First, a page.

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Baghdad – A few days after the Iraqi parliamentary elections, which took place on Sunday, October 10, the foreseeable post-electoral controversies over the distribution of the 5 parliamentary seats reserved by the electoral system for Christian candidates returns. The most explicit objections to the results relating to the quota of seats guaranteed to politicians belonging to the local Christian communities, were expressed by former Christian Mp Yussef Juseph Sliwa, who went so far as to state in an interview broadcast by the Kurdish network Rudaw that the five new MPs who won the seats in this quota do not really represent Iraqi Christians, given that 90% of the votes in their favor did not come from Christian voters, according to him. The accusation, which also emerged on the occasion of the Iraqi political elections of 2018, calls into question major political groups, of Shiite and Kurdish origin, who allegedly diverted part of their votes to candidates running for Christian seats, in order to place MPs there, fully aligned with their political strategies. In his interview, Sliwa reiterated that politicians belonging to local Christian communities – Syrians, Chaldeans and Assyrians – should not get involved in conflicts between the Shiite and Shiite parties and Kurdish groups against other Kurdish political groups.
Evan Faeq Yakoub Jabro, former minister for Refugees and Migration in the outgoing government led by Mustafa al Kadhimi, who was elected with nearly 11,000 preferences to the new parliament from the ranks of the “Babylon Movement”, after competing to occupy the seat reserved for Christian candidates in the city of Baghdad, was quick to respond to Sliwa’s accusations. In an interview published by the Rudaw media network, the former minister defended the transparency of the electoral process, stressing that, in the distribution of seats reserved for Christians, there was an eloquent affirmation of women candidates , sign that “our society has started to take steps towards a certain intellectual opening”.
Evan Jabro also dismissed the accusations of electoral manipulation expressed by Sliwa and Christian politicians as an understandable reaction of political acronyms that had been defeated by the electoral confrontation. The “Babylonian Movement”, as reported by Fides , obtained 4 of the 5 seats reserved for Christian candidates by the national electoral system. The fifth seat, in the district of Erbil, went to independent candidate Farouk Hanna Atto.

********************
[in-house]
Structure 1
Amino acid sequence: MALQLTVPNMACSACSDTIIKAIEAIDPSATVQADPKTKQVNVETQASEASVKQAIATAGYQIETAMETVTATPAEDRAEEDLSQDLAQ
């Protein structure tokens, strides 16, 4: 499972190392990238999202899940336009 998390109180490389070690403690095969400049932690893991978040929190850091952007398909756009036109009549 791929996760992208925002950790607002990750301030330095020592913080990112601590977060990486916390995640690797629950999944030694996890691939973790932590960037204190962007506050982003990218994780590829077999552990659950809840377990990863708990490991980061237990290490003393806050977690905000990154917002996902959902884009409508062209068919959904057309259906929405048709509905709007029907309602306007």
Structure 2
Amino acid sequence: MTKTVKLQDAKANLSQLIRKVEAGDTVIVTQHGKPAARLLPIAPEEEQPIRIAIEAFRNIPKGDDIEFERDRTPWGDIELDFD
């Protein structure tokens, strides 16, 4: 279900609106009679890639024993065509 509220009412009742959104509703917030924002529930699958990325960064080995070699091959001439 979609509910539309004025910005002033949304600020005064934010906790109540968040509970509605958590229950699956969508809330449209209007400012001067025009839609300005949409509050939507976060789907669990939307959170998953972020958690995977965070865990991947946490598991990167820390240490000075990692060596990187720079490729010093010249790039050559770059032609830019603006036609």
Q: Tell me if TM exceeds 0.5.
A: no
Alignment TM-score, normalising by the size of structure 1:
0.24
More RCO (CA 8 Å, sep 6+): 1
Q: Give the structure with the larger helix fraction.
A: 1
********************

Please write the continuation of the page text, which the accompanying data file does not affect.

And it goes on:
The Babylon Movement was born as the political projection of the so-called “Babylon Brigades”, an armed militia formed in the context of military operations against the jihadists of the Islamic State that led to the reconquest of areas of northern Iraq that had fallen into the hands of jihadists in 2014. Led by Ryan al Kildani , the “Babylonian Brigades” had always claimed to be a Christian militia, although it connection to pro-Iranian Shiite militias such as the Popular Protection Units was documented. The political acronym of the “Babylon Movement” is also considered close to the “Badr Organization”, a political movement that, in the elections, merged with the Fatah Alliance, a cartel that grouped the acronyms and pro-Iranian Shiite organizations, who were beaten in the October 8 elections.
The results of the Iraqi elections, in addition to the defeat of the Fatah bloc, also registered the growth of the Sadrist Party, led by the Shiite leader Muqtada al Sadr, which controlled 58 seats in the previous parliament and which will sit as the first force in the new parliamentary assembly, having won 73 of the 329 seats in Parliament. The Fatah coalition won just 15 seats, compared to 48 controlled by the same coalition parties in the previous parliament, and did not recognize the results of the vote, calling on its supporters to take to the streets. In Baghdad, protesters gathered near the “Green Zone”, an area where government offices and embassies are concentrated. Similar protests have also taken place in recent days in Basra, Kerbala and Kirkuk.
Only 41% of those eligible to vote went to the polls, the lowest figure in six general elections held in Iraq since 2003, after the end of Saddam Hussein’s regime. The election, scheduled for 2022, was brought forward after popular protests in autumn 2019 showed widespread discontent with all Iraqi political leaders, accused of corruption and mismanagement. Iraqi election results recorded an important affirmation of the presence of women in Parliament. 97 women parliamentarians were elected, well above the 25% quota allocated by law .